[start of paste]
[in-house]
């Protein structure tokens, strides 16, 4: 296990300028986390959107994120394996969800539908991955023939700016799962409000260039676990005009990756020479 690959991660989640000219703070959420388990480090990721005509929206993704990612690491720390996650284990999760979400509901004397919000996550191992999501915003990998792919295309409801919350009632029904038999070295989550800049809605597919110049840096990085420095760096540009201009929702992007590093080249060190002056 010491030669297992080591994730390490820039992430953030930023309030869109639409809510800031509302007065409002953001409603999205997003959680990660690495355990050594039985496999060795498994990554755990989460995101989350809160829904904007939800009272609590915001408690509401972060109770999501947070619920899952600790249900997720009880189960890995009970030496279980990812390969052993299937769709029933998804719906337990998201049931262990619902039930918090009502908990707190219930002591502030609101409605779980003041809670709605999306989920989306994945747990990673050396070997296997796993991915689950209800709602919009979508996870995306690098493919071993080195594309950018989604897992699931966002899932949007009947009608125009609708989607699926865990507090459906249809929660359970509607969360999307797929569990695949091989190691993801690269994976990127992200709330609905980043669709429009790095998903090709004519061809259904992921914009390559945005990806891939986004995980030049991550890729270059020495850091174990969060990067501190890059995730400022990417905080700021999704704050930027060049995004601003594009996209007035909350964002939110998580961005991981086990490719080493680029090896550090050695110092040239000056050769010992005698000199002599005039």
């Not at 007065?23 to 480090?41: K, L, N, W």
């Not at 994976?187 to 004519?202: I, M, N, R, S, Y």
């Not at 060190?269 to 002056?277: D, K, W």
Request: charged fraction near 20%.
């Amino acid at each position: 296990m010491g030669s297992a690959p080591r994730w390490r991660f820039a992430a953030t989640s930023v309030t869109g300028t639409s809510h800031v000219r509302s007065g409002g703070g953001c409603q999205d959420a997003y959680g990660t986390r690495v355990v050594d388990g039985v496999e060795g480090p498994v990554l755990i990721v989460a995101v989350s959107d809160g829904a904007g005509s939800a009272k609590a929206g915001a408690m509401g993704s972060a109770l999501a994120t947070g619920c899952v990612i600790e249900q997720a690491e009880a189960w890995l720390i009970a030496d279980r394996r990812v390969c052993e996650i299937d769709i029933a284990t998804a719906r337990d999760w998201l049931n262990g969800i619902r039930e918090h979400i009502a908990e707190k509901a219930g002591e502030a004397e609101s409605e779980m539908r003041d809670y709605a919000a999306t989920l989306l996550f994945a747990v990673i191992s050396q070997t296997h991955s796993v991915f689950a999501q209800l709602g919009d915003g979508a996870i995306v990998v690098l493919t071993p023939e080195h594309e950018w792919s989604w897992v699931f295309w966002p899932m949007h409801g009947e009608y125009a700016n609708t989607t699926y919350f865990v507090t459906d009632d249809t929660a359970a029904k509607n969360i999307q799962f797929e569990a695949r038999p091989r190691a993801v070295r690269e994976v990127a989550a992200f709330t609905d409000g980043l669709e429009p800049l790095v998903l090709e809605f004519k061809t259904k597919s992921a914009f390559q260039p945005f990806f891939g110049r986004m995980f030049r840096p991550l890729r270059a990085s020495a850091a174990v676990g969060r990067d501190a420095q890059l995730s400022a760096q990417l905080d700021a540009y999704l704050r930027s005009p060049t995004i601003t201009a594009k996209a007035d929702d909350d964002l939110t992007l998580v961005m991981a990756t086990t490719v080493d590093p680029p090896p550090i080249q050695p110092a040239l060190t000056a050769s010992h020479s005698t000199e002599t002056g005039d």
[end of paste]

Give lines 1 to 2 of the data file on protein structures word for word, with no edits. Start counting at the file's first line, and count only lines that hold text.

[in-house]
């Protein structure tokens, strides 16, 4: 296990300028986390959107994120394996969800539908991955023939700016799962409000260039676990005009990756020479 690959991660989640000219703070959420388990480090990721005509929206993704990612690491720390996650284990999760979400509901004397919000996550191992999501915003990998792919295309409801919350009632029904038999070295989550800049809605597919110049840096990085420095760096540009201009929702992007590093080249060190002056 010491030669297992080591994730390490820039992430953030930023309030869109639409809510800031509302007065409002953001409603999205997003959680990660690495355990050594039985496999060795498994990554755990989460995101989350809160829904904007939800009272609590915001408690509401972060109770999501947070619920899952600790249900997720009880189960890995009970030496279980990812390969052993299937769709029933998804719906337990998201049931262990619902039930918090009502908990707190219930002591502030609101409605779980003041809670709605999306989920989306994945747990990673050396070997296997796993991915689950209800709602919009979508996870995306690098493919071993080195594309950018989604897992699931966002899932949007009947009608125009609708989607699926865990507090459906249809929660359970509607969360999307797929569990695949091989190691993801690269994976990127992200709330609905980043669709429009790095998903090709004519061809259904992921914009390559945005990806891939986004995980030049991550890729270059020495850091174990969060990067501190890059995730400022990417905080700021999704704050930027060049995004601003594009996209007035909350964002939110998580961005991981086990490719080493680029090896550090050695110092040239000056050769010992005698000199002599005039």